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Ad groups and conservative think tanks are urging the U.S. Supreme Court to turn a New Orleans gambling ad case into a commercial free-speech decision that could block almost all government curbs.

Friend-of-the-court briefs argue that the three-way split among judges in the high court's most far-reaching commercial speech decision-the 1996 44 Liquormart case in Rhode Island-has led to contradictory lower-court decisions.

The solution, these groups argue, is to give advertising speech the same protection as personal speech.


On April 27 the Supreme Court is to hear oral arguments, with the Greater New Orleans Broadcasters Association challenging a federal law and Federal Communications Commission rules limiting broadcast gambling ads. A decision is due by early July.

The 9th U.S. Circuit Court of Appeals in San Francisco earlier overturned the same law and gambling rules, citing 44 Liquormart. The high court's ruling in that Rhode Island case was that government can't impose curbs on liquor price ads without first demonstrating the effect of the curbs and proving that less restrictive alternatives aren't available.

The San Francisco court, noting that gambling ads by Native Americans and state lottery ads are allowed, questioned how limiting ads of other gaming establishments curbed gambling. In New Jersey, a federal district court ruling in a case brought by major Atlantic City casinos went farther. It ruled that any curb on gambling ads violates the First Amendment.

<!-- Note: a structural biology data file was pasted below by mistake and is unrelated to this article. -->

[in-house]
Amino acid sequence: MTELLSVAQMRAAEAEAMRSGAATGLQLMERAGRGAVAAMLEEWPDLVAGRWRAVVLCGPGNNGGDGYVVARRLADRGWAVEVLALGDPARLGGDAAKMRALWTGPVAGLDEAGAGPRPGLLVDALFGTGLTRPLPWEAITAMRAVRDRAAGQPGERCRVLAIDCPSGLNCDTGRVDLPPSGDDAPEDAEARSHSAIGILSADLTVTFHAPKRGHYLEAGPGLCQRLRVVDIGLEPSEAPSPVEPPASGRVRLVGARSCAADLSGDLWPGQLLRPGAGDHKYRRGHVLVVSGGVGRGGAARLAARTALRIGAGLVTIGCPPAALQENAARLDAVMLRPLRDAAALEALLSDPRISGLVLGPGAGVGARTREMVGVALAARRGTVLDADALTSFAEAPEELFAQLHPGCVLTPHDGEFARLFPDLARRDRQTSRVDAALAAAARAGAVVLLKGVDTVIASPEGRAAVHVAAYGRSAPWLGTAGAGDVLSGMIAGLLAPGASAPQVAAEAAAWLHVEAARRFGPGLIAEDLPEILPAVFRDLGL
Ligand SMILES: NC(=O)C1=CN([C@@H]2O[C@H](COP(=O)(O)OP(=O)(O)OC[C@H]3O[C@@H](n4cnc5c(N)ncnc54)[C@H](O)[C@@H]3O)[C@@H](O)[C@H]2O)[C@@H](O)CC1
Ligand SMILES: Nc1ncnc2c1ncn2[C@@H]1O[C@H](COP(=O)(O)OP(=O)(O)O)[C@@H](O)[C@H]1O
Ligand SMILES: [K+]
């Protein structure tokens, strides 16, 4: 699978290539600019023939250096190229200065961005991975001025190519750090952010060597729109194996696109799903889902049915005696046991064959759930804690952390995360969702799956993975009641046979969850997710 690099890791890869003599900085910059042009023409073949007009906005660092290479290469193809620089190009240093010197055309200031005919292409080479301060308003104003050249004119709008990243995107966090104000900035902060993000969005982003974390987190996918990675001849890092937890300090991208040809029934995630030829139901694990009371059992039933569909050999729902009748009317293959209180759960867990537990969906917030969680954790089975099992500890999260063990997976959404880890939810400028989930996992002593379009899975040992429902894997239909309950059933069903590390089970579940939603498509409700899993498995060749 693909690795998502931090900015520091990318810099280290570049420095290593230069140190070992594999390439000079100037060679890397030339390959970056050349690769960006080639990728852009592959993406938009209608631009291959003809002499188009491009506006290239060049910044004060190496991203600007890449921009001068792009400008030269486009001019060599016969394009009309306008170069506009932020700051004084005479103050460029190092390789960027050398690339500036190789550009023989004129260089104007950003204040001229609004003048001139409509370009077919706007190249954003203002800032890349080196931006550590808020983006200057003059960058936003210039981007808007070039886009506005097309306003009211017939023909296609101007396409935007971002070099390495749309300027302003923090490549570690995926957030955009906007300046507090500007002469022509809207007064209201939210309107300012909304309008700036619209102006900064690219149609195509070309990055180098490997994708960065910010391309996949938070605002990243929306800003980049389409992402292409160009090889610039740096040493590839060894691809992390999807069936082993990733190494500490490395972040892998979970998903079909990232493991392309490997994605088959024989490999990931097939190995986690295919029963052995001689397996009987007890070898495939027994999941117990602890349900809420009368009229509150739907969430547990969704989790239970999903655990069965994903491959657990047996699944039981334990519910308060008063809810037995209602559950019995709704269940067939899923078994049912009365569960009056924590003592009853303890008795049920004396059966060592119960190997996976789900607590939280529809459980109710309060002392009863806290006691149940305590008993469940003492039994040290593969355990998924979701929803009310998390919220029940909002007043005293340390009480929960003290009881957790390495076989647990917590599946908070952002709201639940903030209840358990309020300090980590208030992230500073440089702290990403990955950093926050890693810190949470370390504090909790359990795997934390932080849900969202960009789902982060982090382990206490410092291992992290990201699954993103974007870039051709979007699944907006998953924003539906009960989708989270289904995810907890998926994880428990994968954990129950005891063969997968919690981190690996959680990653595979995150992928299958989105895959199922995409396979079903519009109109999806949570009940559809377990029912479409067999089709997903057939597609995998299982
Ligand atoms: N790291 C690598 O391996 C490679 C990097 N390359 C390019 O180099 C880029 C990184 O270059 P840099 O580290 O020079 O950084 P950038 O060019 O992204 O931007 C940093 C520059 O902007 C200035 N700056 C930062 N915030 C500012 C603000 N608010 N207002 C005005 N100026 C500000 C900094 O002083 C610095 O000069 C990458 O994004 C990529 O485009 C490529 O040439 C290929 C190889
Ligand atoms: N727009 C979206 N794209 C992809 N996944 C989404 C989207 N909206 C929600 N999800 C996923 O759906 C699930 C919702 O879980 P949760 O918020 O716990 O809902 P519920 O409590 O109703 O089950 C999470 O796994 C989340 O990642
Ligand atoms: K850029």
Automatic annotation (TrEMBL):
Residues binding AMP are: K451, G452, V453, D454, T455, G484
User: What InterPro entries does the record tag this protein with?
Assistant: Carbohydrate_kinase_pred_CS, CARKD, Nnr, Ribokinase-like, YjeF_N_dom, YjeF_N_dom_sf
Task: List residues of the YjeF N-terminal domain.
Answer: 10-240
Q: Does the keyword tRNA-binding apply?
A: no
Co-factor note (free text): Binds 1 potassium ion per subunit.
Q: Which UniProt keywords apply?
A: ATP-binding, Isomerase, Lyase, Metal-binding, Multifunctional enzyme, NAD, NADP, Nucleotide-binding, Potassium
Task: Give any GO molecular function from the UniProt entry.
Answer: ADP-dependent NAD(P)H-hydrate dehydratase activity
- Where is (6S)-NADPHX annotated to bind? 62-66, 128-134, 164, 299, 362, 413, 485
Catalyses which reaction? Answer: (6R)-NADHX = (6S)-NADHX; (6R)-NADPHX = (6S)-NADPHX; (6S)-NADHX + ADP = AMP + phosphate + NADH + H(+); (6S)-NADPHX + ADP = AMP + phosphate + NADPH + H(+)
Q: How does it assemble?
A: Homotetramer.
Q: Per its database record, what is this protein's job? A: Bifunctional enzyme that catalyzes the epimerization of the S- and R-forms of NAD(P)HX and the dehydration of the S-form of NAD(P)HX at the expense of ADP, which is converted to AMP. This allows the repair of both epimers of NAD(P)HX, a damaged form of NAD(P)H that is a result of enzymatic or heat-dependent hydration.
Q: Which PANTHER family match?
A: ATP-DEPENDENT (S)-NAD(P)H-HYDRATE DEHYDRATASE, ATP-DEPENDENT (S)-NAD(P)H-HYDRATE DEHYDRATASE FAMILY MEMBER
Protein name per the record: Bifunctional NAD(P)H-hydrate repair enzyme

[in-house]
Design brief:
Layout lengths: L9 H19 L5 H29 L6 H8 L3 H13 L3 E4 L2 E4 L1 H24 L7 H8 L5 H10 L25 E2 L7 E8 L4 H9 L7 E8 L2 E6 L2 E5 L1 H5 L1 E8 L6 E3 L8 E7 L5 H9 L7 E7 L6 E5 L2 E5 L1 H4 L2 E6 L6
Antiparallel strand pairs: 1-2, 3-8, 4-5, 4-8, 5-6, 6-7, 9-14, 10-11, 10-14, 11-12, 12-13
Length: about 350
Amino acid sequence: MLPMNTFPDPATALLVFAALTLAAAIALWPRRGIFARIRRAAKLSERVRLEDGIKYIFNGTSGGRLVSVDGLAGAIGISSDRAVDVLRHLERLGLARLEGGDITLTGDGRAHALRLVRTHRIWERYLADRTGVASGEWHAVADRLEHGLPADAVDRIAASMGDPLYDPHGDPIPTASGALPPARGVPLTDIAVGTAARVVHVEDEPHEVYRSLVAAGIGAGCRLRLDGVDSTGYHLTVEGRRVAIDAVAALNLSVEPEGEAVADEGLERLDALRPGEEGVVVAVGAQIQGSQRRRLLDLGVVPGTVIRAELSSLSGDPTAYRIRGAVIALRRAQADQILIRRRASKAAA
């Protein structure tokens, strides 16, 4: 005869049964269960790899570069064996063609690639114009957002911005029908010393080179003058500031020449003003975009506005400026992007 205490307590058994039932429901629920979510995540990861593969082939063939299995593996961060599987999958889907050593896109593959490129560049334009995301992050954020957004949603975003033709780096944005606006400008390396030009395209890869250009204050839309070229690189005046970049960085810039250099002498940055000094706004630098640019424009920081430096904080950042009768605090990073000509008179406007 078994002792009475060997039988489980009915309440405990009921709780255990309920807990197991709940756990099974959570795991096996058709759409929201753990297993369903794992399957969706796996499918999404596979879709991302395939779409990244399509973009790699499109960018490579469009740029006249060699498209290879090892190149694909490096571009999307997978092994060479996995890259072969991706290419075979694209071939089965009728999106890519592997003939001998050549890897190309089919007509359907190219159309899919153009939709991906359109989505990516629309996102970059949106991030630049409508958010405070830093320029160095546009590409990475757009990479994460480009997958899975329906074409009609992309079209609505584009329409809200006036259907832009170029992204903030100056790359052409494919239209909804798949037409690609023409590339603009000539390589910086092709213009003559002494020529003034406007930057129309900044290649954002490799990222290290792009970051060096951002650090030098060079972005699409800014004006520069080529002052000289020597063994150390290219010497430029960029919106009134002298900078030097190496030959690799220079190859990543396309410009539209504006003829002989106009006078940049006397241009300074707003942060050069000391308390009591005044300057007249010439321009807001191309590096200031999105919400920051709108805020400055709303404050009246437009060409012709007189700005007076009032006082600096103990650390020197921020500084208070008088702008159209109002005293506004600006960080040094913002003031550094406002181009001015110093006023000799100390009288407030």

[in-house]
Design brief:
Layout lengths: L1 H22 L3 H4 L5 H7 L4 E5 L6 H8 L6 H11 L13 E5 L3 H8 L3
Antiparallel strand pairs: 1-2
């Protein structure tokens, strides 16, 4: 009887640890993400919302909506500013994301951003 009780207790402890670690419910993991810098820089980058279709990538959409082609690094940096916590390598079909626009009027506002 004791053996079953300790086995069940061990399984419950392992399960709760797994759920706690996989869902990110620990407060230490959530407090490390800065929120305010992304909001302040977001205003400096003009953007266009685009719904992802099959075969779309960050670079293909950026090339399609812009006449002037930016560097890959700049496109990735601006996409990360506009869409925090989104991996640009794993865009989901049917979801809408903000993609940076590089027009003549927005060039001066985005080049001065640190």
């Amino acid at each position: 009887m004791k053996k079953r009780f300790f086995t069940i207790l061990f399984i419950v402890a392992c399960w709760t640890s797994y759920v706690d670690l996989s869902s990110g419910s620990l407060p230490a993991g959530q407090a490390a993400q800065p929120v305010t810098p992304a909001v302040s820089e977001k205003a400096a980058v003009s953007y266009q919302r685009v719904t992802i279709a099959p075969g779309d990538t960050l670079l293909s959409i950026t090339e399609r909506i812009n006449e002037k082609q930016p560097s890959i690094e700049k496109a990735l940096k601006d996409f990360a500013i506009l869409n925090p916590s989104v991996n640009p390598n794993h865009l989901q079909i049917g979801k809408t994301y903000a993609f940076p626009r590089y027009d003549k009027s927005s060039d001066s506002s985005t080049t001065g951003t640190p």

In the New Orleans case, however, the 5th U.S. Circuit Court of Appeals took the opposite view, suggesting the Supreme Court was confused.


Nevada broadcasters-whose suit prompted the San Francisco decision-and the American Gaming Association are arguing in the New Orleans case that the court should overturn the decision for the same reason the San Francisco court did: Preventing private casinos from running ads that Native American-owned casinos and state lotteries can run doesn't prevent gambling and also discriminates against some providers of lawful services.

"The statute cannot directly and materially advance its asserted interests because of the overall irrationality of the government's regulatory scheme," said the broadcasters' filing.

The gaming association accuses the government of relying on "junk social science" to justify an ad ban, failing to show that limiting ads has any effect on gambling or that the ad ban was narrowly tailored.

The ad groups asked the court to look beyond the unique facts of the gambling case and to take a strong position on any attempt to impose ad curbs. Curbs on advertising for commercial purposes should get exactly the same protection as any other speech, they contend.


The Association of National Advertisers said newspapers at the time of the federal Constitutional Convention viewed advertising as similar to news. The ANA also suggested the New Orleans court's confusion demonstrated the need for the high court to create a clear standard.

The American Association of Advertising Agencies-joined by broadcasters, publishers and outdoor companies-called on the court to provide "unambiguous, prescriptive guidance" in the face of continuing efforts of various governments

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